How do we get there?

November 2018 – Vol. 37, No. 10

I recently had the opportunity to attend and speak at the Association of Otolaryngology Administrators (AOA) meeting in New Orleans, LA. The program was well-conceived and covered the breadth of skills and knowledge necessary to successfully navigate the ever-increasing complexity of what is our current healthcare system. The AOA’s contribution to our specialty and members, along with their patients, allows the optimal practice of otolaryngology. I had the opportunity to hear a very stimulating presentation on “legendary leaders” given by Jason Hewlett, a professional speaker, entertainer, author, and impressionist. He described how individuals could differentiate themselves by establishing a “signature move” that they become known for. While I was listening, I kept thinking how important this is for organizations as well as individuals and what would that represent for the Academy. What are we currently known for, what would we like to be known for, and how do we get there?

James C. Denneny III, MD

Accurate identification of our brand, our goals, and aspirations requires a process that involves diverse input from a broad array of stakeholders. Initially, there are many ideas identified as attributes that we would like to embody that help shape our direction. Perhaps the most difficult aspect of this discovery process is collating this information and homing in on the most important principles and activities that we value the most. Clarifying and refining these ideas through interaction with our organizational family, as well as “customers,” leads to the eventual decision as to what makes us unique and what is our brand. Once that is done, it is essential to own it, magnify it, and, most important, teach it and share it within the organization and subsequently to the public. Once there is agreement and the brand created and the stakeholders educated, it is critical to “keep your promise” and uphold the expectations of your members in the various communities you serve. The organization needs to be known as a “promise keeper,” not a “promise breaker.”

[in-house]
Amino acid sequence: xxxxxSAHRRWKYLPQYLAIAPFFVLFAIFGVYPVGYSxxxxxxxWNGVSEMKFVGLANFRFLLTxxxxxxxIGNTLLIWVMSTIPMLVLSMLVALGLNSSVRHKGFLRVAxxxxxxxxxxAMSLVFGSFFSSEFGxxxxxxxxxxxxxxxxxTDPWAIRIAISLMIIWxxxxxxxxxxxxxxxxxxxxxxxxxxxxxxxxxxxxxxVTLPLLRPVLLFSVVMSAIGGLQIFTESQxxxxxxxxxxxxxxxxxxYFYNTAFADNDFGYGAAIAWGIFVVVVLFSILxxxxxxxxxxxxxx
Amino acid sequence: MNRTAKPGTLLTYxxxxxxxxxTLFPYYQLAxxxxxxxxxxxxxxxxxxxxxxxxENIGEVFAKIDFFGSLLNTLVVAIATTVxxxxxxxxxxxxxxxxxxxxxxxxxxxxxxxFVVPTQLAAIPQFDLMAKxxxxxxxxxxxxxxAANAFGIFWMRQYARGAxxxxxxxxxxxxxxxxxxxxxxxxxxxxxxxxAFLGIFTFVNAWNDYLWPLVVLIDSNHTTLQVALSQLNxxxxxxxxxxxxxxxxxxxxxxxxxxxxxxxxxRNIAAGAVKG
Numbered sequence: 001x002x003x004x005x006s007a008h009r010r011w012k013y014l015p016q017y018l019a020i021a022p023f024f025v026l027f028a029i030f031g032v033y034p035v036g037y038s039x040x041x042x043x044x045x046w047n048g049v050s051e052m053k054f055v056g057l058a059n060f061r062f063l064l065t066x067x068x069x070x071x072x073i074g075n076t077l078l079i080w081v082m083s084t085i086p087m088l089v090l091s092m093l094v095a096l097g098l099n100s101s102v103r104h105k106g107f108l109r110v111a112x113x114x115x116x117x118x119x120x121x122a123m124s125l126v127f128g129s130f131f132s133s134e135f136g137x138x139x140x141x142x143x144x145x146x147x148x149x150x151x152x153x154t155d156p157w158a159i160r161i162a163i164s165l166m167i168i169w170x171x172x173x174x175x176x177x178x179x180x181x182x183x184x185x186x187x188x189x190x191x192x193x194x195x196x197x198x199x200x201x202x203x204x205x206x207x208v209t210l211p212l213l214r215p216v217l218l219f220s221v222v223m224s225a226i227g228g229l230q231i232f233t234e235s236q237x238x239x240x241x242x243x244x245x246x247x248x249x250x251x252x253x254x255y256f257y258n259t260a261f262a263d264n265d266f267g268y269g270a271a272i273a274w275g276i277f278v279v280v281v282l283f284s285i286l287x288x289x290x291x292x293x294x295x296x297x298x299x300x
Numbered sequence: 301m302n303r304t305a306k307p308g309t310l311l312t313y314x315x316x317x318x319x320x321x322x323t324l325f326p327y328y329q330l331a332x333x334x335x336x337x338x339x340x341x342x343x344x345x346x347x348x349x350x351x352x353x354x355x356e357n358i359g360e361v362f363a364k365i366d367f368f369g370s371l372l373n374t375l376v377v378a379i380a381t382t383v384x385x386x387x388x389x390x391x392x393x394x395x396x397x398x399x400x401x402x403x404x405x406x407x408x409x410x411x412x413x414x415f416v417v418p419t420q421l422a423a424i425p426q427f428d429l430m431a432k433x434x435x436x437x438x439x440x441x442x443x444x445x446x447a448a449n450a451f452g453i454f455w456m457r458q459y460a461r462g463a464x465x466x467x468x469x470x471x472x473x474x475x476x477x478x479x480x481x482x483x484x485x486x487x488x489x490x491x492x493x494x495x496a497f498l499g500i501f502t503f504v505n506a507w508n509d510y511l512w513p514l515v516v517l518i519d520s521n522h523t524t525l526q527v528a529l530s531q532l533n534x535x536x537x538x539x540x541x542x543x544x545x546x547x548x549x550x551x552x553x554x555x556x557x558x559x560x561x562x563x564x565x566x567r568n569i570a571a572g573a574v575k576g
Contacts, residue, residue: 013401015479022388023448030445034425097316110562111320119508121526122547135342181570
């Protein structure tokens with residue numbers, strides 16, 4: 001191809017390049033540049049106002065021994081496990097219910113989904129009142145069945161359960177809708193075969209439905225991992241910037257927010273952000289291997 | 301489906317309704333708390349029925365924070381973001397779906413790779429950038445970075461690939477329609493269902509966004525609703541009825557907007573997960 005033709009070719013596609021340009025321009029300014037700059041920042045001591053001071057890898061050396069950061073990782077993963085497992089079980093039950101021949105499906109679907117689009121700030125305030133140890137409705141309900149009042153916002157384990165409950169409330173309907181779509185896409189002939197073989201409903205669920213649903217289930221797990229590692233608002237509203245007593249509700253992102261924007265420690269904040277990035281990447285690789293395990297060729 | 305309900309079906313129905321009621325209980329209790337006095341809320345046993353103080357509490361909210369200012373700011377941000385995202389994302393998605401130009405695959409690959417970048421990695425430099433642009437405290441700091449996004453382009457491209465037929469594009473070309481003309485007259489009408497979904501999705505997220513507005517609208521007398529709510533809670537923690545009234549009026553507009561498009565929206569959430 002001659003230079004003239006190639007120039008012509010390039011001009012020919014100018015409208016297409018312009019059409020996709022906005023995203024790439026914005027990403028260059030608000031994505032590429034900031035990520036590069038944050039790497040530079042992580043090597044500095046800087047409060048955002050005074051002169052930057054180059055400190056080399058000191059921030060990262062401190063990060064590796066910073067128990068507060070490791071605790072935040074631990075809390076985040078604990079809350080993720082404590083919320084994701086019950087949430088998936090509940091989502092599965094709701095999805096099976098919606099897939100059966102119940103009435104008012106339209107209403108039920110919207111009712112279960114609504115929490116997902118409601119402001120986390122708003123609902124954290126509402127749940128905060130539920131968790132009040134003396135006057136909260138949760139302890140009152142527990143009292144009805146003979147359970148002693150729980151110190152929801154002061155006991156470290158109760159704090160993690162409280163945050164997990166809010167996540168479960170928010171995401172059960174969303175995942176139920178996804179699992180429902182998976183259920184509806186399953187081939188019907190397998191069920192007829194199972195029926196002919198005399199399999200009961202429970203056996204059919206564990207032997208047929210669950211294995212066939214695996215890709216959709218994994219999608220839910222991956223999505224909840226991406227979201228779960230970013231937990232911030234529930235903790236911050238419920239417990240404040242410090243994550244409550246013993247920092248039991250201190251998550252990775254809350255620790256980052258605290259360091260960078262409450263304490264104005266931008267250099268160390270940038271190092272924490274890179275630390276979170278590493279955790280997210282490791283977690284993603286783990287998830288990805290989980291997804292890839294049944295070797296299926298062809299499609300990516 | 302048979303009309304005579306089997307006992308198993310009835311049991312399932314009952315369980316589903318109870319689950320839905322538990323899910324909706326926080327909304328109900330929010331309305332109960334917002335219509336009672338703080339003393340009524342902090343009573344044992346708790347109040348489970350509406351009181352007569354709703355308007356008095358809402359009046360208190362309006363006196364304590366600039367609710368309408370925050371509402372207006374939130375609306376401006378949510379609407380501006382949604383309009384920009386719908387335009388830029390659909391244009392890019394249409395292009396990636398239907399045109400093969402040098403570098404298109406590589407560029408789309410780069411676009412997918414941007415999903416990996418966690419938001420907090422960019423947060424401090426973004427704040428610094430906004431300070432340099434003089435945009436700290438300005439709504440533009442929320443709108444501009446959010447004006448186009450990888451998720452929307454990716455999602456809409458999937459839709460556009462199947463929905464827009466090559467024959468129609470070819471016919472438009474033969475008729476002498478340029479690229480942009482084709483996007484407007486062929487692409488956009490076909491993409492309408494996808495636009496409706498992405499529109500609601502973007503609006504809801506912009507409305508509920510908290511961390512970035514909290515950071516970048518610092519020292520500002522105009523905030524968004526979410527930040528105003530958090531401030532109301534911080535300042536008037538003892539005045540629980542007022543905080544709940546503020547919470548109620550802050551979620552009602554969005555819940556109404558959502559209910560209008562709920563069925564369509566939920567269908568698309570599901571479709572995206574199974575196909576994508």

The Academy went through an extensive process of gathering information from a large group of stakeholders both within and outside the organization prior to formulating and adopting our strategic plan this year. We committed to represent the interests of our diverse membership, patient population, and healthcare community that we work with to facilitate providing the best otolaryngology care possible to all. The organization is committed to this mission and strives to be a “promise keeper.” Projects such as our clinical data registry, Reg-entSM, and our new patient-focused website,, are dedicated to achieving this goal.

I encourage you to visit, which premiered at our Annual Meeting last month in Atlanta, Georgia. We anticipate this website will provide trusted information to patients with ear, nose, and throat problems as we fully populate it with interactive and innovative strategies to disseminate needed information to patients and physicians alike. I would like to thank all our member volunteers and staff for putting this website together under a very tight timeline. I hope that you and your patients will visit the site and give us your feedback on how we can improve any or all aspects of its educational offerings.

Our committees are the backbone of the organizational efforts in advocacy, education, health policy, quality, and research. Without the extensive time of the volunteer members and leaders of our Academy and Foundation committees, we would not be able to meet the needs of our specialty and our patients. This month’s online edition of the Bulletin, on, lists all our committee rosters for the upcoming year. I encourage you to review them and if you know any of the volunteers or their staff liaisons, please thank them for their wonderful service. It is with great appreciation and thanks that I salute all these members who give willingly of their scarce free time to help the specialty.

As the next chapter of the USP 797 saga is closed, we will review our two-and-a-half-year collaborative effort with the AOA and AAAAI on the allergy immunotherapy compounding regulations, as well as with other specialty societies such as the ANS, AOS, and ARS, who worked with us on additional compounded products used in their areas of practice.

Finally, I would like to thank Eiji Yanagisawa, MD, for having donated his priceless collection of images, representing a lifetime of scientific and clinical work, to the AAO-HNS/F. These images will be newly available on AcademyU® soon. Please join me in welcoming Albert L. Merati, MD, as your President for 2018-19.